SERIES "Dexter: New Blood"
WHEN|WHERE Sunday at 9 p.m. on Showtime
WHAT IT'S ABOUT Ten years have passed since Dexter Morgan (Michael C. Hall) faked his own death, and ended up in the north woods as a lumberjack. We now learn he has been running a sporting goods store in the northern New York town of Iron Lake and even has a girlfriend — police chief Angela Bishop (Julia Jones) who knows nothing of his past. Dex's demons appear vanquished: He hasn't killed once over those 10 years, while the memory of his beloved, long since departed sister Debra Morgan (Jennifer Carpenter) — think of her now as his conscience or better angel — manifests itself on occasion to keep him straight. Soon enough, his long-lost son, Harrison (Jack Alcott, "The Good Lord Bird") arrives in town on the run from foster care. This complicates matters, as does Dex's first kill — the local punk whose father, town heavyweight Kurt Caldwell (Clancy Brown) mounts a frantic search for him.
MY SAY Back in 2013 when "Dexter" wrapped, critics, fans, lumberjacks — really, anyone with a Showtime subscription — couldn't wait to unload their thoughts, which were mostly unkind. (Worst finale ever seemed to be the consensus opinion.) Then the years passed, worse finales came and went, and "Dexter '' was forgotten
But not by everyone. Wounded pride drew Hall back to this role, or in his own words, "unfinished business." He wanted closure and now he's about to get it. Well?
In fact, looking back it's now clear that "Dexter'' always was unfinished, with son Harrison and stepmom (Yvonne Strahovski) down in Buenos Aires, while Dex and his LL Bean scotch flannel shirt faced the camera in the closing shot.
Loose ends, mostly questions, with this as the big one: If those first eight seasons were "unfinished," what then does the finished business look like here? The first four episodes (those offered for review) hint that Alcott's Harrison is part of the plan. Like dad, he's smart, cunning, intuitive and almost certainly carries his own Dark Passenger too.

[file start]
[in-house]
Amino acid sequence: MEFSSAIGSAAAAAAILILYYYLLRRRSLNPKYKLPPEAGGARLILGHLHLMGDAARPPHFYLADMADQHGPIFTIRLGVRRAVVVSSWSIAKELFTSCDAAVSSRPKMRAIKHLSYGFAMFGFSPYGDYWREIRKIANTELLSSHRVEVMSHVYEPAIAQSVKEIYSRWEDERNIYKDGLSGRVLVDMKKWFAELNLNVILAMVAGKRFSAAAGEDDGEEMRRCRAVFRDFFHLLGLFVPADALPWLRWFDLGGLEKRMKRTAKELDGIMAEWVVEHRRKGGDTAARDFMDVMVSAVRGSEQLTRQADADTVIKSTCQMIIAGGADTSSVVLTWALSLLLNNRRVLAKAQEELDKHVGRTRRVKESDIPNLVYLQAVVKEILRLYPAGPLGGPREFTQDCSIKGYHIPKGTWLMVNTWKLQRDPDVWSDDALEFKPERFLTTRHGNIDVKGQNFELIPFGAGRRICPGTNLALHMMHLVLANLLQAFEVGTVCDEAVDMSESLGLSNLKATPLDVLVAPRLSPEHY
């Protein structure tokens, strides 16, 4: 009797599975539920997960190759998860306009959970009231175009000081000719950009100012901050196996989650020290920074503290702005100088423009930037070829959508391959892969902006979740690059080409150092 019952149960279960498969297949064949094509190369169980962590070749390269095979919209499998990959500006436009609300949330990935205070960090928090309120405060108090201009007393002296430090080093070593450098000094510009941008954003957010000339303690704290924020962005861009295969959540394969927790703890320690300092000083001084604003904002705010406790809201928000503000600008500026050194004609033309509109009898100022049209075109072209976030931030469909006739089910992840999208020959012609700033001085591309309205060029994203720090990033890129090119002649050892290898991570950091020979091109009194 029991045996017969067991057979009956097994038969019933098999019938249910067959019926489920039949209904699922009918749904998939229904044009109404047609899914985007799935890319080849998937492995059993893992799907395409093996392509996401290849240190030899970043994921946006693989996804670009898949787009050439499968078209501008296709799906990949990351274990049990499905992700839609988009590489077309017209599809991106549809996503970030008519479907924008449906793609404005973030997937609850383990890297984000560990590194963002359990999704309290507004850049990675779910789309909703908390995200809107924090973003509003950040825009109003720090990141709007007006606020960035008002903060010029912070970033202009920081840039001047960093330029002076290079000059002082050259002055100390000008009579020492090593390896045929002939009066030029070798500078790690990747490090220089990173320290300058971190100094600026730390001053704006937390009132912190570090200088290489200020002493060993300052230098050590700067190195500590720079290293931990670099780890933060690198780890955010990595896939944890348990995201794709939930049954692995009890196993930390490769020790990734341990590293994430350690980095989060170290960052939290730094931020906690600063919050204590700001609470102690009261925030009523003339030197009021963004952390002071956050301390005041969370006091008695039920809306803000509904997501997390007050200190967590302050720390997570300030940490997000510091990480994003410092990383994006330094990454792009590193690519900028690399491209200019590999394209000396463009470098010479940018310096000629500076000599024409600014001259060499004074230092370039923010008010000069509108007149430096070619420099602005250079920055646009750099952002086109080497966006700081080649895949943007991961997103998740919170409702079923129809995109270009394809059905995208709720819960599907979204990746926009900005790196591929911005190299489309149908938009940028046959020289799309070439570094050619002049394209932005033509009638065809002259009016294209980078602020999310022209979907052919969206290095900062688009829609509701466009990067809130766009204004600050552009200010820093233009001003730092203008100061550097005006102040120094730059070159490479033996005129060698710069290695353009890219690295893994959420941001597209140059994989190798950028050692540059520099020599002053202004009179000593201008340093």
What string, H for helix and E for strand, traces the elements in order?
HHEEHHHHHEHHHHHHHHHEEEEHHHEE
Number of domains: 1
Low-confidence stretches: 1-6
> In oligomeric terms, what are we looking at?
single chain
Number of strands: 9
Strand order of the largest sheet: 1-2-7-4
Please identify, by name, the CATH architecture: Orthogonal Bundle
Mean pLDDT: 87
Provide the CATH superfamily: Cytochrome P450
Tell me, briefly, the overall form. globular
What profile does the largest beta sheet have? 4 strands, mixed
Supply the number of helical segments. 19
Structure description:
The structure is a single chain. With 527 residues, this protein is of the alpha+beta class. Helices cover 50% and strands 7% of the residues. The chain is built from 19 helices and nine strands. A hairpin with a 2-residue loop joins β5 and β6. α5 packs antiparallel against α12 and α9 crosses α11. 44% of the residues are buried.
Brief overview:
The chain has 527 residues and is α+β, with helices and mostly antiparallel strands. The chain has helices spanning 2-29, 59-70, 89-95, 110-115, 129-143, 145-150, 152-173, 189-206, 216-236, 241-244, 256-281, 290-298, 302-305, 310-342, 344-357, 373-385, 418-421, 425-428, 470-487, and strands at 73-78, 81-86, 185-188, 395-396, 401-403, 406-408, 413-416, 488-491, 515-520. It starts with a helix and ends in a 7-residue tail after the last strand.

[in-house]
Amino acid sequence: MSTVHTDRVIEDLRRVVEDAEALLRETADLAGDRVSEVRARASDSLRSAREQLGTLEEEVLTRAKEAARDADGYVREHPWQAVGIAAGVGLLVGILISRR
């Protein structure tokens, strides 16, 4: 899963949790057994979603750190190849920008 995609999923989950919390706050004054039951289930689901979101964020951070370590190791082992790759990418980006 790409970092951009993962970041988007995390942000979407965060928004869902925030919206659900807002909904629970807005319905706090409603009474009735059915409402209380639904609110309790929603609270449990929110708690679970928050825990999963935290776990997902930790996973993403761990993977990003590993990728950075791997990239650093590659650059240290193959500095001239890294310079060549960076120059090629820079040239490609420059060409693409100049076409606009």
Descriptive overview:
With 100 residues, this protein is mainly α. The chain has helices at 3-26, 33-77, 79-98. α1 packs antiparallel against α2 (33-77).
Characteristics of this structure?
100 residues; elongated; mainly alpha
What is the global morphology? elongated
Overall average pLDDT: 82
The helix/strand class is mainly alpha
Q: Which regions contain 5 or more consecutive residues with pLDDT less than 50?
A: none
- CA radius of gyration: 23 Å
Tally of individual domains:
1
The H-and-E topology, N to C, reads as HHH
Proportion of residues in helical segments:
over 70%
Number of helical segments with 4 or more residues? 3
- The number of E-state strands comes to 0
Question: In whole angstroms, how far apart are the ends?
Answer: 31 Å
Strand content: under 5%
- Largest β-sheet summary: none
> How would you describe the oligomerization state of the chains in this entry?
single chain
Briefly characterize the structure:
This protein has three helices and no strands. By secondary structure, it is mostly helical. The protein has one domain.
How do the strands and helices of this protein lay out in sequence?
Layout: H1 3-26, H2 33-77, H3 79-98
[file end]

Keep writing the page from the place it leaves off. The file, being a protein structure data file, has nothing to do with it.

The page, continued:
He arrives in Iron Lake because he can't fully know himself until he knows his own father. That's treacherous because to know Dex — really know him — can be fatal. But if the apple hasn't fallen too far from the tree, then Harrison may be the exception to that rule. Harry lives and Dexter dies? That sounds like a full stop (right?)
In fact, Clyde Phillips -- original showrunner, until the last season, and who is back for this ride -- long ago publicly mused that if "Dexter'' had ended on his watch, the finale would have culminated in Dexter's execution, with the eight seasons literally meant to have passed before his eyes. The serial killer of serial killers ends up as neither a tragic or heroic figure but some guy strapped to a gurney? That doesn't sound particularly satisfying either
"New Blood" instead feels like a fresh start as opposed to a reboot. As always, Dex's interior dialogue — a clever trick from the first run — binds him to us, and just like us, reveals (or betrays) a moral code, or beating heart. The return of Deb doubles down: She's the nag, and nattering nabob, the left brain to Dex's right brain, who appears when he needs her most, as a reminder of who he really is and who he must not become again.
As a device, she may be the most effective part of this reboot, maybe the only. Otherwise, this early part of the season feels like a tease — full of head fakes, doubletakes and red herrings that function as padding as opposed to elements that are building towards that endgame.
Hall's performance is good and couldn't be otherwise. He knows this character intimately — stoic, conflicted, secretive, angry, lonely and murderous — but from these early episodes, it's not clear that he knows how to end him. Or even whether he wants to.
BOTTOM LINE Not unwatchable, but not particularly satisfying either.